Dear Mr. President

Greg A. Bruns Phoenix, AZ 85018 The White House 1600 Pennsylvania Avenue NW Washington, DC 20500 Dear Mr. 43rd President:

Congratulations on your new job! What a promotion, huh? All the way up to Commander In Chief - wow! You must have what the old-schoolers call "moxie." Or is that money that you need to become president? I get those two confused sometimes since I seem to lack an abundance of either one.

When I put myself in your shoes, I feel sort of unimportant. I mean, my biggest concern heading into tomorrow is this dime-sized pimple I have festering on my forehead. You, on the other hand, have to worry about more than 200 other nations and territories, innumerable warring factions, 300 million of your own citizens, plus 5.7 billion other planetary residents, global economic status, peace in the terminally tumultuous Middle East, thousands of Social programs and problems, not to mention redecorating your new home, although I'm sure Mrs. President will help out with that.

I know you're going to have your hands full over the next several days with all of the "settling in" stuff that we all go through when we move from mediocrity to supremacy. I hope you can take a moment from appointing Cabinet members, Supreme Court justices, and instructing White House cooks on your dietary preferences to read a few words of advice from one puny citizen of the greatest country in the world, which you now govern.

  • First of all, you're not going to make everyone happy and you shouldn't be afraid to tell people that every time you make a decision. Go down in history with the presidential slogan "I can't please everybody." When citizens express their disapproval, do nothing but nod, smile, and say, "I can't please everybody." You don't have to be one of those "I can" guys because quite honestly, they're overrated anyway.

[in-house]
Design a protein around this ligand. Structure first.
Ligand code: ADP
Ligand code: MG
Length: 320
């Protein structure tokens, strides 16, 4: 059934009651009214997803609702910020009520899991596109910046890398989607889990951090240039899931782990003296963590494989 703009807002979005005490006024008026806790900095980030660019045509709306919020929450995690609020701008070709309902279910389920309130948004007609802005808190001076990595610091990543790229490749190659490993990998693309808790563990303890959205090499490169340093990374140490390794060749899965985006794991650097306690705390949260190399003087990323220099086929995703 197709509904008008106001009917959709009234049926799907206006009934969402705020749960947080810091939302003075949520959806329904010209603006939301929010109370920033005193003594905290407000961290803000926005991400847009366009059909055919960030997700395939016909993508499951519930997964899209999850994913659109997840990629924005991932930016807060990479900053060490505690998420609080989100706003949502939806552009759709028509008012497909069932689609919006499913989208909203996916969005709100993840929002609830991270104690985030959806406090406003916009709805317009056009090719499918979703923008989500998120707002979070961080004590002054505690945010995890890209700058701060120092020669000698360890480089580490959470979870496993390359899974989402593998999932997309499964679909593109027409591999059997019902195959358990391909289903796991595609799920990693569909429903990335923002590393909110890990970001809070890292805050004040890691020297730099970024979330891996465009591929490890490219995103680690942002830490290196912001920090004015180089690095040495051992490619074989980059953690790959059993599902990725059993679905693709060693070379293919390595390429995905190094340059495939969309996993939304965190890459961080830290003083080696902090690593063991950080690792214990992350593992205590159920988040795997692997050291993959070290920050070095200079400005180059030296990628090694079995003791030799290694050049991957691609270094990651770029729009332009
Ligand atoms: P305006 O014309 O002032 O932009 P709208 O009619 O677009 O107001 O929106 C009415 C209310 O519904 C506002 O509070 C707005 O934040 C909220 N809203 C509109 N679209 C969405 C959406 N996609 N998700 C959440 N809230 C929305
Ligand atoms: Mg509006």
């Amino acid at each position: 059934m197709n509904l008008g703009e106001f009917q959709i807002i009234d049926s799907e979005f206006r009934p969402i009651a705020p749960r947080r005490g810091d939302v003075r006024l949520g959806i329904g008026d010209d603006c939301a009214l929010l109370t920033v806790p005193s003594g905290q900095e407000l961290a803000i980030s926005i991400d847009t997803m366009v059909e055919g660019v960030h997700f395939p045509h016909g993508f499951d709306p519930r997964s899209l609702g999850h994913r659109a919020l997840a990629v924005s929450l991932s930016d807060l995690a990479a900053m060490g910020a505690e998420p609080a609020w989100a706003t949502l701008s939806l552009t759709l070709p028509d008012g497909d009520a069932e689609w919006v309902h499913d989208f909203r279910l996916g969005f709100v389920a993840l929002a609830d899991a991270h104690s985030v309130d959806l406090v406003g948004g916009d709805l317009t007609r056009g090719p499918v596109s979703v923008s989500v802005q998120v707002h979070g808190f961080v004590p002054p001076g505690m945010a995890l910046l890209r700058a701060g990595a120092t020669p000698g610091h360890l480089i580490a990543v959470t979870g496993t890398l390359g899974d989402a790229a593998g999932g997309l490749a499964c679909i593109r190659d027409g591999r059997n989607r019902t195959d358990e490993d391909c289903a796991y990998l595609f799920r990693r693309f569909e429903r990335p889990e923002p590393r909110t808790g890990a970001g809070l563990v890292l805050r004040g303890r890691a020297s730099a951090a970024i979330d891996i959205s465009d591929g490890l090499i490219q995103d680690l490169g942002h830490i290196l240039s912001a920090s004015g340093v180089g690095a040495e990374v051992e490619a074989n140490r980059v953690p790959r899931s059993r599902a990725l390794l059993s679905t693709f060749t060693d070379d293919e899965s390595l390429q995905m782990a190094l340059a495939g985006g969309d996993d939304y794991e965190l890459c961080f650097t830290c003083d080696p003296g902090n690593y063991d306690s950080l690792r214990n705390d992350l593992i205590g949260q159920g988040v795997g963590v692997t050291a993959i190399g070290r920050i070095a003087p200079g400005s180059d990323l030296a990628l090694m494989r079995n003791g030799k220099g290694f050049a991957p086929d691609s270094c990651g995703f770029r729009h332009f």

• Previous presidents have enjoyed unusual pets in the White House, from Calvin Coolidge (a bobcat) to John Quincy Adams (an alligator). Pets are a popular item for the chief execs, since you want to appear to be an ordinary man. Most presidents have dogs, but I would suggest harboring at least a hundred animals in order to take the spotlight off of you and your family. Start with a well-rounded collection of pygmy goats, ostriches, llamas, howler monkeys, sea lions, hyenas, parrots, camels, wolverines, badgers, bears, aardvarks, and giraffes. 100 shrieking, roaring animals means 100 engrossed reporters and photographers. Keep those folks at bay, sir. Half way through your term, release the official names of all of the animals. This will buy you a lot of time as publications nationwide attempt to profile the "First Pets."
  • When sports figures visit the White House (World Series victors, Super Bowl champs, etc.) you need to understand that these people are merely entertainers. They may be fascinating athletes and swell guys and all, but they're also just people, so don't get all mushy and stuff. You, sir, are the most powerful man in the world. I would recommend that you remind everyone of this fact on a daily basis. It can be done quite simply with a bumper sticker or a lapel pin that reads "I Am the Human Equal to God."
  • It may be the superhero equivalent of ingesting raw kryptonite, but I think you should have a roller coaster built that spans the Atlantic from Maine to London. 2929 miles of loops, corkscrews, dips, plunges, climbs and flat-out rocket-assisted blasts at 500 mph. C'mon - the French and the Japanese have been dueling for years for the fastest train, so why don't we one-up them and put together the fastest roller coaster which doubles as intercontinental transportation? I bet JFK would say YES to this idea. Reagan had Star Wars; you can have AmeriCoaster!

I have many more suggestions, of course. I'd be happy to provide these noble nuggets of knowledge, but only if you're willing to bring in the animals, chief. Because you can't please everybody, and you can't please me unless I work in an environment that is dominated by absolute chaos and perfect power.

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